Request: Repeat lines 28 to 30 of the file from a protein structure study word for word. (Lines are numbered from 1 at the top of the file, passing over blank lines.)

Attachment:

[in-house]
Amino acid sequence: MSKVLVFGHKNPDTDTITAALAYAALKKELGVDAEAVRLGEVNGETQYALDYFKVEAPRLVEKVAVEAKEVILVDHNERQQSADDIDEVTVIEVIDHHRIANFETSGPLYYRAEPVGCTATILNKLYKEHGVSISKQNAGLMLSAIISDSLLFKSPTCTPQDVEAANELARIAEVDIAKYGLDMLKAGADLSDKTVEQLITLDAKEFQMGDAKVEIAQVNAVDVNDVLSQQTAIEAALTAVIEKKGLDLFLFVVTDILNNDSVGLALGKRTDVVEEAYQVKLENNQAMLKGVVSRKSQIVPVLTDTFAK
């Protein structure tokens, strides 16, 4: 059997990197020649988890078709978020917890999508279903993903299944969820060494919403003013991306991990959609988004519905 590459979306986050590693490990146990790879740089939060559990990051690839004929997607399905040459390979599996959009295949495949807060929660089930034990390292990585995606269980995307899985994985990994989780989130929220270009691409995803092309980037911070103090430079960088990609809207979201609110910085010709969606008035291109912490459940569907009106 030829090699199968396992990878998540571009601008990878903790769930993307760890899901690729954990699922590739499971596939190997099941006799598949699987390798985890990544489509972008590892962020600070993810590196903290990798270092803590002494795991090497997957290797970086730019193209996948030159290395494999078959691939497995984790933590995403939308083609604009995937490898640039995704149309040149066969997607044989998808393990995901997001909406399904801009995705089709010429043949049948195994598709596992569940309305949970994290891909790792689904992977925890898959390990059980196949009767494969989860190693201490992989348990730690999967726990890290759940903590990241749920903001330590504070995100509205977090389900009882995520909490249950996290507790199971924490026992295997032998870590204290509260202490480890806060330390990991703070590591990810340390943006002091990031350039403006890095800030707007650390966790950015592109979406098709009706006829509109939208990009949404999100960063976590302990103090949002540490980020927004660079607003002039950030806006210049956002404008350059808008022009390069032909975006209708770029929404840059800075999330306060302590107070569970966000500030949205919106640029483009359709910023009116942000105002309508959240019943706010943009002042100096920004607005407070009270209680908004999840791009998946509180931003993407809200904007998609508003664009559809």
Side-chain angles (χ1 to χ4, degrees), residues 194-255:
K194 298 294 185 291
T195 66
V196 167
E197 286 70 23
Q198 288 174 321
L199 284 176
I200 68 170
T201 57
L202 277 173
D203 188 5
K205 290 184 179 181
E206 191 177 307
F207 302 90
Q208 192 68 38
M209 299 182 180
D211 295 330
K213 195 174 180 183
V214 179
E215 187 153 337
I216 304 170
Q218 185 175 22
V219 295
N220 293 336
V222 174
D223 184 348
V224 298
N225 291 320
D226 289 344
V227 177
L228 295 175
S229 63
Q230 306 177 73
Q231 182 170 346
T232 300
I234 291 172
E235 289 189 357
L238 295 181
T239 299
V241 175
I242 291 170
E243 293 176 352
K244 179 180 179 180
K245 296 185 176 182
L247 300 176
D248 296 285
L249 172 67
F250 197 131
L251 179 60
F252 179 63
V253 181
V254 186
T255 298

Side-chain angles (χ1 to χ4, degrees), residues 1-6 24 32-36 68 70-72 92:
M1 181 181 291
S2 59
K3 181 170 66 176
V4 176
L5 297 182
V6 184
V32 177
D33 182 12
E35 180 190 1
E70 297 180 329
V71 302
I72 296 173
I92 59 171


V222 174
D223 184 348
V224 298